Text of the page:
The long road to integration
MANY of us in Malaysia would not be familiar with US Congressman John Lewis or the American Civil Rights Movement that he led to end racial segregation and discrimination against African Americans.
To be honest, I had never heard of Lewis before picking up this graphic novel.
But I was pleasantly surprised that, despite not knowing much about the subject matter, March remained a compelling and interesting read.
It is easy to see why Lewis chose to use the graphic novel as a medium to tell his story. Artist Nate Powell effectively illustrates the time Lewis lived in where racial segregation was common. Even without any colour, Powell’s simple lines, grey tones and brush strokes effectively draw readers into the book.
The first half is written like a traditional autobiography as it explores different parts of Lewis’ life.
The pace is kept slow as it explores his childhood in rural Alabama where his sharecropper parents led a simple life for fear of reprisal should they challenge the social order.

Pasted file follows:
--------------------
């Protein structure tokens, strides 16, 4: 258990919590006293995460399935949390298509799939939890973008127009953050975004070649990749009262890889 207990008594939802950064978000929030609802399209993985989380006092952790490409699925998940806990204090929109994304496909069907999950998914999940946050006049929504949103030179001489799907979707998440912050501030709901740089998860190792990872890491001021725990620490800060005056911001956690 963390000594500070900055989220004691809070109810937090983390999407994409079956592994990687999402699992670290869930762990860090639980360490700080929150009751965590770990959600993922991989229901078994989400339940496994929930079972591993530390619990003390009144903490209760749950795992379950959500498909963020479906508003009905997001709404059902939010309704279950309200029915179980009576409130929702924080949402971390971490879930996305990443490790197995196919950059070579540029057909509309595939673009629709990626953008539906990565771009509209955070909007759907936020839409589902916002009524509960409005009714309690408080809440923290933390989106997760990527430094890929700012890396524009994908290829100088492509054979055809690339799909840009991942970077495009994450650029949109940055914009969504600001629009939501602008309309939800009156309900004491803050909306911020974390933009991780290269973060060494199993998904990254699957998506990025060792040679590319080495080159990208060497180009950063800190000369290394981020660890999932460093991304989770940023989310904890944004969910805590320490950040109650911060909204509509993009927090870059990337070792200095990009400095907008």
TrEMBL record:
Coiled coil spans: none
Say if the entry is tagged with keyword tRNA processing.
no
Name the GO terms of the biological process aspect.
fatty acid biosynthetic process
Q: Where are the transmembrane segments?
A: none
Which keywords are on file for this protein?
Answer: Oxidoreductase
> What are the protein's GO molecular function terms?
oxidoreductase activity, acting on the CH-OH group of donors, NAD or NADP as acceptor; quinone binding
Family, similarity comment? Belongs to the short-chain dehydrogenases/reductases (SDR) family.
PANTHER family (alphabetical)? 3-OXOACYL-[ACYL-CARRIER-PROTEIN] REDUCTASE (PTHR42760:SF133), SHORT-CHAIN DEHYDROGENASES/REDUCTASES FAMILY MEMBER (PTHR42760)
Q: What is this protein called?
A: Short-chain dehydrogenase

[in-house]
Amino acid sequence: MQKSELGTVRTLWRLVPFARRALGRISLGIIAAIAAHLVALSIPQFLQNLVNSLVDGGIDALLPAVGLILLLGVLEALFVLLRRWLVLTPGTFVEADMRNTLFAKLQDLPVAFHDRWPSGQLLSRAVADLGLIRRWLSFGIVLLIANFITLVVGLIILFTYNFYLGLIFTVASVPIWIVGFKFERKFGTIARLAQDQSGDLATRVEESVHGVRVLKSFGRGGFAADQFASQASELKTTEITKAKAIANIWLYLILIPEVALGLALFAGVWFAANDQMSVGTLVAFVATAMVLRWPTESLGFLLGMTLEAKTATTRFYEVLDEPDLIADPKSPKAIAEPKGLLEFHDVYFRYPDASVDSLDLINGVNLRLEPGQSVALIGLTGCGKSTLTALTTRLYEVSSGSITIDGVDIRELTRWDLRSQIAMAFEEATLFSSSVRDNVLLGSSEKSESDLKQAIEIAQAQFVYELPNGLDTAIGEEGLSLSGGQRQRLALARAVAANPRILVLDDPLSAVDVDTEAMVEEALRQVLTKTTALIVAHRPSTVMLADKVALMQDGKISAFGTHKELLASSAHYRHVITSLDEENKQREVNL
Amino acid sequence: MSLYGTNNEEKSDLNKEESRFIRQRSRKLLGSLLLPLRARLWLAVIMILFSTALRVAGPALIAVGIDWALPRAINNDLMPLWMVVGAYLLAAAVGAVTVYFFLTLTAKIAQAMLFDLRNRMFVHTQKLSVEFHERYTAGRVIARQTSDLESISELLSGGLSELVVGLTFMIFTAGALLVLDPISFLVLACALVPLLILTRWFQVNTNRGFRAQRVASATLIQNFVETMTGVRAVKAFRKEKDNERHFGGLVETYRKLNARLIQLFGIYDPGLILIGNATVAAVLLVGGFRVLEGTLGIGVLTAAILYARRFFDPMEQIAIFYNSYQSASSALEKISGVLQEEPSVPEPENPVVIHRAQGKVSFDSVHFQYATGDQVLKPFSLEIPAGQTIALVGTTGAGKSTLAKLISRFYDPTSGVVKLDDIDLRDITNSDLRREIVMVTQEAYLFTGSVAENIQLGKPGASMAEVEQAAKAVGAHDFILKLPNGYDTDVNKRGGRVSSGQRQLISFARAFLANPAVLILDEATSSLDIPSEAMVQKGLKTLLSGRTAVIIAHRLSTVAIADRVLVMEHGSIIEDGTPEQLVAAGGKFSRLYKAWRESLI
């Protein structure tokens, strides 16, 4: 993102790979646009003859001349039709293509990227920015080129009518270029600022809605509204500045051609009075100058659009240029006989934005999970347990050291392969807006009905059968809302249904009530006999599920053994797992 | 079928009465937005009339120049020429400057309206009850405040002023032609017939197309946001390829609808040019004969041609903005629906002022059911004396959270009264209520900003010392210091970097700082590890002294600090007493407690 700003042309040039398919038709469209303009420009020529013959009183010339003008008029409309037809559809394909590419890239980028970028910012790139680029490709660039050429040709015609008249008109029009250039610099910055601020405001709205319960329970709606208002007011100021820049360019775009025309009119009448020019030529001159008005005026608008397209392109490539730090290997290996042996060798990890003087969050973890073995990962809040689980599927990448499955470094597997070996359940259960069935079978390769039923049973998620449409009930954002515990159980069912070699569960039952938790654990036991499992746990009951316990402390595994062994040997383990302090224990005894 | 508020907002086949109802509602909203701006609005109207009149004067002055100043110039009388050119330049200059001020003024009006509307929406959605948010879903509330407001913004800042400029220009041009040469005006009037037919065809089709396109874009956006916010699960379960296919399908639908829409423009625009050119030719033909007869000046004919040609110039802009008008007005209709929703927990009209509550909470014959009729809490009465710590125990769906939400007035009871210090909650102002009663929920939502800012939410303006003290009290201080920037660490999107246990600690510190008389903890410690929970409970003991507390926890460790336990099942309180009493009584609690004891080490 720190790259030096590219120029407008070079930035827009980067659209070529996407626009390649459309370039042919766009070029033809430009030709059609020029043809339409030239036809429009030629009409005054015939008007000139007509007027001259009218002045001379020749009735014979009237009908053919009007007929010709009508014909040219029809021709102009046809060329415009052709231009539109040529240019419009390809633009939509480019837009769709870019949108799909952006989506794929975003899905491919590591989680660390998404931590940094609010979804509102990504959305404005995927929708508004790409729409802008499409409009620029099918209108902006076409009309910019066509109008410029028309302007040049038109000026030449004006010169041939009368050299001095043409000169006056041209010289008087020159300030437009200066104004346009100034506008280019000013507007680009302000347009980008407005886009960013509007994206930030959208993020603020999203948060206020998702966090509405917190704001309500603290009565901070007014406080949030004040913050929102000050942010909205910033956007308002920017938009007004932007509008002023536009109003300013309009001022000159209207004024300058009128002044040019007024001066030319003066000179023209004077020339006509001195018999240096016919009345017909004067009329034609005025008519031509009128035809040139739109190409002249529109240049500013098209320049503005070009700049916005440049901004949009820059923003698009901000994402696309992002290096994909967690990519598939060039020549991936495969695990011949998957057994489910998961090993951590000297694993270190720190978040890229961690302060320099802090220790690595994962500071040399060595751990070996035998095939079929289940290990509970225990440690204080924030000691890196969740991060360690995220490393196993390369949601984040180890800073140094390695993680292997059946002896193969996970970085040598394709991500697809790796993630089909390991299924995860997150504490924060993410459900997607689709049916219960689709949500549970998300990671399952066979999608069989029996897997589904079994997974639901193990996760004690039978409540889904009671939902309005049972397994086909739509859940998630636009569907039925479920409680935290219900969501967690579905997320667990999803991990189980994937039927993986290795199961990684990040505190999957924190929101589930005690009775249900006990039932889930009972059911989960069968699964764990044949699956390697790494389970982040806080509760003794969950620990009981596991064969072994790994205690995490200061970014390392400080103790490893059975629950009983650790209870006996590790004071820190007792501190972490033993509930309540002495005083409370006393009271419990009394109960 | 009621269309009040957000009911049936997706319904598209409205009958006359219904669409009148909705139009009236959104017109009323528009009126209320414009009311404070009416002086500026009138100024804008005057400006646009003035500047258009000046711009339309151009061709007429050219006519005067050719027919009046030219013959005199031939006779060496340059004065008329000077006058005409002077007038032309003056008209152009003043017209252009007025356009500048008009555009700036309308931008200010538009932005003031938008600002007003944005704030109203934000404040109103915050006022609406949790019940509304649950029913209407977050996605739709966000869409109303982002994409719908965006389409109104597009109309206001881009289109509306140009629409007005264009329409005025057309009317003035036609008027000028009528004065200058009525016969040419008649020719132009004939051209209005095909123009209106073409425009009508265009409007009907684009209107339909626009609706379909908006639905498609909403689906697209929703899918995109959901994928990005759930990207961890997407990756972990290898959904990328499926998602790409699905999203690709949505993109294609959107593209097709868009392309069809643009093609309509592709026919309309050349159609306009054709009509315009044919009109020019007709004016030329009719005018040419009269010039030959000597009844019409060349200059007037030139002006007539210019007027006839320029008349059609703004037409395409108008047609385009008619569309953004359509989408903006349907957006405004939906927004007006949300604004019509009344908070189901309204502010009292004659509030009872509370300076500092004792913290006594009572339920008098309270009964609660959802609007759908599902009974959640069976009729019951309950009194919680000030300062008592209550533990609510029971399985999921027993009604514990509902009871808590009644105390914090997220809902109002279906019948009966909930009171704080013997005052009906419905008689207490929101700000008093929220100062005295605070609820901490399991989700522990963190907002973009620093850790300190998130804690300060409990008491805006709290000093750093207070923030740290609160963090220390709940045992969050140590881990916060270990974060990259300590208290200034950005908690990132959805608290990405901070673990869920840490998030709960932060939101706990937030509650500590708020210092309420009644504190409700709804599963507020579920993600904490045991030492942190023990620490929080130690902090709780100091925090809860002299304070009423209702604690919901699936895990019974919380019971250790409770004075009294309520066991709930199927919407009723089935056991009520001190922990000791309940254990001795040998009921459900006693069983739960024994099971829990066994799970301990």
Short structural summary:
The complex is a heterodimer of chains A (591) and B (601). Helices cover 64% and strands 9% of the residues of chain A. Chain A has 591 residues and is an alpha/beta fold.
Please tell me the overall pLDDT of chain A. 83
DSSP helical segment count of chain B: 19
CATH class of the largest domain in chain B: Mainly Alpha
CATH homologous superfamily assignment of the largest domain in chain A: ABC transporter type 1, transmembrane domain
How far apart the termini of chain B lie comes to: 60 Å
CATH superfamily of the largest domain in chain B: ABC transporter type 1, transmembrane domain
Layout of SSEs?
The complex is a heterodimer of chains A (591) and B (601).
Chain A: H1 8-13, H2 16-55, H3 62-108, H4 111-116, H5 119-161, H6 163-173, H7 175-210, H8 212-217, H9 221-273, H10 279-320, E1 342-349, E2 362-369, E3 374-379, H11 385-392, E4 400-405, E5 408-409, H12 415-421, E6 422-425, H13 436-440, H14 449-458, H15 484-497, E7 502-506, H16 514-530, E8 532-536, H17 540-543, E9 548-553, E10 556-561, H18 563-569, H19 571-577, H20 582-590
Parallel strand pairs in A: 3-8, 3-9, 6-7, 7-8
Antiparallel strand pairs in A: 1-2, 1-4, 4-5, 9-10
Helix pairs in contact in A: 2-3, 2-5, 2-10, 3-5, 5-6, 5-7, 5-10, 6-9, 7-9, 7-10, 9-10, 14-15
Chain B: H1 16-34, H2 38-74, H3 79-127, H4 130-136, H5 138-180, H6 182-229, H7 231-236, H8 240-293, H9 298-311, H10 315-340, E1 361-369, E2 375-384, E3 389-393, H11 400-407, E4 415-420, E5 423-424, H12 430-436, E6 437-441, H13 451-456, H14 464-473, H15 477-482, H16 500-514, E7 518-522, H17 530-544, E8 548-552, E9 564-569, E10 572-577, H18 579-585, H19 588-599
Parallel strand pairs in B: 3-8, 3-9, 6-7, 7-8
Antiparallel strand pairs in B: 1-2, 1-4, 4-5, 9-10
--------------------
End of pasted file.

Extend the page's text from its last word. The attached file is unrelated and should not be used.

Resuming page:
Even at a young age, Lewis was often at odds with authority. Forming a close bond with the chickens reared on the farm, Lewis often protested when the birds were destined for the dinner table.
Aspiring to be a preacher, Lewis understood the value of a good education. Often he would sneak away to school against his parents’ wishes when it was time to help during harvesting and planting seasons.
The story’s pace picks up as Lewis ages and he progresses through college. There he eventually meets key influential leaders of the civil rights movement such as Dr Martin Luther King, Jr whose speech inspires Lewis to take up the cause against racial segregation. Lewis eventually joins the Nashville Student Movement to battle segregation by way of non-violent activism.
It certainly is a fascinating read, offering a close look at how the civil rights movement protested without the use of force and how Lewis and his compatriots prepared themselves for the resistance and abuse they expected to face in public.
The movement really captures your attention when Lewis and his compatriots take to the streets, staging sit-ins at diners and department stores in Nashville where they were refused service. It is admirable how they endure a lot of verbal and physical abuse and even put up with being arrested without doing anything wrong.
It is uplifting to see how their peaceful protests ultimately led to a positive change on the steps of City Hall and forever changed the way Americans viewed each other.
The only problem I had with the book is that the story seems to end abruptly. While I understand that this is the first book of a trilogy, I was still left craving more.
Fortunately, I won’t have to wait long to continue Lewis’ story as the second volume of March is due out in January.